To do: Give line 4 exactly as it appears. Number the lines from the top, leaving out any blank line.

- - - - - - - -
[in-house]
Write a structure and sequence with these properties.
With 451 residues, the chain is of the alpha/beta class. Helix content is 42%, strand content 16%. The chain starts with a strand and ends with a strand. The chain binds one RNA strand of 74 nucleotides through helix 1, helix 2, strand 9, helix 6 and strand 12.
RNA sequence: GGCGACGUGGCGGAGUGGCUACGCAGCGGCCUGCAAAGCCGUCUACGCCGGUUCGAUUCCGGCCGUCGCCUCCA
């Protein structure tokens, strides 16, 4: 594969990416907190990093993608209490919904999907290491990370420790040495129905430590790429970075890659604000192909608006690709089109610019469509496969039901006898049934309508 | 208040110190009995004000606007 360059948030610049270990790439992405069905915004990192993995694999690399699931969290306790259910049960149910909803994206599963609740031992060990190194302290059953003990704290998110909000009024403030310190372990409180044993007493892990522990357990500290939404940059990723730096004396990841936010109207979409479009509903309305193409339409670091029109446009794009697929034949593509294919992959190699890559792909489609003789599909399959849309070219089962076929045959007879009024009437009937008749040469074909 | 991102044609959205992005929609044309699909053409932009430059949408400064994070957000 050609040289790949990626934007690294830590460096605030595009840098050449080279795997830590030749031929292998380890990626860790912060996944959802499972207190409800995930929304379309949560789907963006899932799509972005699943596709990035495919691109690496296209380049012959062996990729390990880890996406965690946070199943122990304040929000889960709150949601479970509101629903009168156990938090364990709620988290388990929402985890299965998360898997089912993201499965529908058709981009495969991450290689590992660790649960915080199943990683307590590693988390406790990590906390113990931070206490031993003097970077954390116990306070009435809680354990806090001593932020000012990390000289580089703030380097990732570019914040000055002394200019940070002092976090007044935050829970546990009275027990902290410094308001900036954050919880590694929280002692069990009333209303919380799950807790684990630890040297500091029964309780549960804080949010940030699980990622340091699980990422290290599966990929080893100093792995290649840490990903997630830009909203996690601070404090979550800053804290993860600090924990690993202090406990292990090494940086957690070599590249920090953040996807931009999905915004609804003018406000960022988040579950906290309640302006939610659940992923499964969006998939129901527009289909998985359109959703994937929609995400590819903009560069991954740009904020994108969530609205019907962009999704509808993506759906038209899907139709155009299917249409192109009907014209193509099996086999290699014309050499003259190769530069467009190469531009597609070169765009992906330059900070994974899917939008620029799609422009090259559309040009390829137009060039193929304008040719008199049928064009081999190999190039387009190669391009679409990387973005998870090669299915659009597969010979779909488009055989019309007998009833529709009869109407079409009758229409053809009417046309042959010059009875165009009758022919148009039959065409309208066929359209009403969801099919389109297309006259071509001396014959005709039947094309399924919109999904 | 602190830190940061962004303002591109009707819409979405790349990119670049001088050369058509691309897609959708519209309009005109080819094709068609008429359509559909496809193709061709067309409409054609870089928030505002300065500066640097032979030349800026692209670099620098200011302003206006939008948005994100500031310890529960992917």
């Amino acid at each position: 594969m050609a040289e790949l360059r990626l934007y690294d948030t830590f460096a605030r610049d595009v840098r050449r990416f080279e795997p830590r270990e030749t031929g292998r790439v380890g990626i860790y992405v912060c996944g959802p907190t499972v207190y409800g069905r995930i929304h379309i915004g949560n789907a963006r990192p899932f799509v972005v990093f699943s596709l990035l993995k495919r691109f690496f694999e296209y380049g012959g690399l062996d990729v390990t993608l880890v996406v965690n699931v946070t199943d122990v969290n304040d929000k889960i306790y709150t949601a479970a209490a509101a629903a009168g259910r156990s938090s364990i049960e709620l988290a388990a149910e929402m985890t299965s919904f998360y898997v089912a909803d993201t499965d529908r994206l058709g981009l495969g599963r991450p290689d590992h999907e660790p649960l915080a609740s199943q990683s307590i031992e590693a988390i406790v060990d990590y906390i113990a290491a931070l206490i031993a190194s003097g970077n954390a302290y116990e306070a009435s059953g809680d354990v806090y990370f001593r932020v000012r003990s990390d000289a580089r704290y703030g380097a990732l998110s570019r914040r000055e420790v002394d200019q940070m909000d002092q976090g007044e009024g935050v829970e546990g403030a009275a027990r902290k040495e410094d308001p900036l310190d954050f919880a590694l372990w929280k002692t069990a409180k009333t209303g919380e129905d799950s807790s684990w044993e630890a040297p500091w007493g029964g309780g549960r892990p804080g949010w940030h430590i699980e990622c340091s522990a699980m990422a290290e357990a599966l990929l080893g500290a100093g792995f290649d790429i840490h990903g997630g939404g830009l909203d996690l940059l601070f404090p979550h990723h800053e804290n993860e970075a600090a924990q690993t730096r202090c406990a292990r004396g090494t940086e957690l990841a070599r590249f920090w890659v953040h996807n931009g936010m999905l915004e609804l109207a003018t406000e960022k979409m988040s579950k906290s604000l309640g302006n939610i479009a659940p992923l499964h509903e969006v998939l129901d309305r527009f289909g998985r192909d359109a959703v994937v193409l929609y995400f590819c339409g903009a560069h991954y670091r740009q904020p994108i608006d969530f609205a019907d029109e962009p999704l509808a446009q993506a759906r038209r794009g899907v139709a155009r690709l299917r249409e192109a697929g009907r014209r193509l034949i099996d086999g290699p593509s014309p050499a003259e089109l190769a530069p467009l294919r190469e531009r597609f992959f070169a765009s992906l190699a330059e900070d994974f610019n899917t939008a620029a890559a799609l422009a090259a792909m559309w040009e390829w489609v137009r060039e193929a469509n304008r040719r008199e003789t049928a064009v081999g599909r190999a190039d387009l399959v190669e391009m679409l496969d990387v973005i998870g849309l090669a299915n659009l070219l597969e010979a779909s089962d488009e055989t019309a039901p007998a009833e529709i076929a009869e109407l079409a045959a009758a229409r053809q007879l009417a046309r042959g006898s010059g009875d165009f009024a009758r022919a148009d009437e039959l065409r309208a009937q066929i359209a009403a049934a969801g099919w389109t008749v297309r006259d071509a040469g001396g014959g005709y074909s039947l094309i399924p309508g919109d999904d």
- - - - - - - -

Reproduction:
RNA sequence: GGCGACGUGGCGGAGUGGCUACGCAGCGGCCUGCAAAGCCGUCUACGCCGGUUCGAUUCCGGCCGUCGCCUCCA